Challenging times always bring us back to the basics. Faith is definitely one of them. If we trust in God, accepting that which is in front of us, instead of resisting it we are never lost. Trust is after all the truest test of faith. I’ll admit when this first started, I didn’t really know how I would react, or what to expect. Overall, I have adjusted relatively well. I’ve taken many of the modifications in stride letting go of the need for predetermined expectations. Really, what else can we do?
I’ve been thinking about how my life has changed and strangely in comparison, how much it hasn’t. How the important things are still the same. How clearing some of the extra “clutter” and other distractions is somehow making my life slowly richer. I thought I’d miss my frequent dashes to the mall, or jaunting roundabout in a barrage of daily activities. Surprisingly, I’ve just been enjoying the solitude and simplicity of it all. In fact, I am realizing just how much I treasure the place I live in. How the lack of other options is allowing me to savour things closer to home. Like walking in nature, or working from home, having nicely re-arranged my spare room into a jovial, vibrant space perfect for this.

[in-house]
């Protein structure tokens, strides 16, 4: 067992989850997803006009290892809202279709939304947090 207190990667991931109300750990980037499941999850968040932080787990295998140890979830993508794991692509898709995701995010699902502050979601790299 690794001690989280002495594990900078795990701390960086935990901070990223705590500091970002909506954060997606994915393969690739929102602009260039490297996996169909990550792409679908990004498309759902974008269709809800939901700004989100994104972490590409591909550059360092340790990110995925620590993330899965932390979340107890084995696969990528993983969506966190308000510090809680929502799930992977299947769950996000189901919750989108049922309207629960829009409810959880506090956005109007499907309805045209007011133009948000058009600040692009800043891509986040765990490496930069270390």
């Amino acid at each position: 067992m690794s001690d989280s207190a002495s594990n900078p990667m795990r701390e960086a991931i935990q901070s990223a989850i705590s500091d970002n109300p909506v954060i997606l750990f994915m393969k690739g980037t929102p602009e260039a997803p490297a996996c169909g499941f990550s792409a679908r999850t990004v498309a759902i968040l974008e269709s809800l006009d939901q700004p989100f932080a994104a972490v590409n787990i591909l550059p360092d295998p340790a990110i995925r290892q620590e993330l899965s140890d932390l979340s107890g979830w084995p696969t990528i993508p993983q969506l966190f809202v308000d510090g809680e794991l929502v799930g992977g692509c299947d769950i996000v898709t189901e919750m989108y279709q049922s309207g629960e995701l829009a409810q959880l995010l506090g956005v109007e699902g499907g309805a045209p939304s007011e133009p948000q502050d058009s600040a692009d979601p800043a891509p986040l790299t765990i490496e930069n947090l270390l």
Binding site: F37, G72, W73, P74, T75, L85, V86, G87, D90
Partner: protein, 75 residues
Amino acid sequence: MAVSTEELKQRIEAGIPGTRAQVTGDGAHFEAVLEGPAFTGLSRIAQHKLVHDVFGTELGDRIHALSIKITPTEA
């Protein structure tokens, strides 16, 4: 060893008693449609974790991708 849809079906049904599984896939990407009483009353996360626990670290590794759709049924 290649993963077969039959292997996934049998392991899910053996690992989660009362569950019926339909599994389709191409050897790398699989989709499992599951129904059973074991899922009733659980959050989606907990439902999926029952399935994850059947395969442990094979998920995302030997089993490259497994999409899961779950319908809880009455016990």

Even though I genuinely miss some things, the shift has exchanged me with reflection and contemplation, opening my eyes to ways of better spending my time. Time I wasn’t fully taking advantage of before. For example, like taking up baking again, or selecting other activities to do closer to home during my week off, as pre-set vacation plans fell away. Also, dreaming about what I’d like my life to look like post-pandemic, even if I have to post-pone some things in the meantime, giving me focus and a sense of hope in light of all the uncertainty.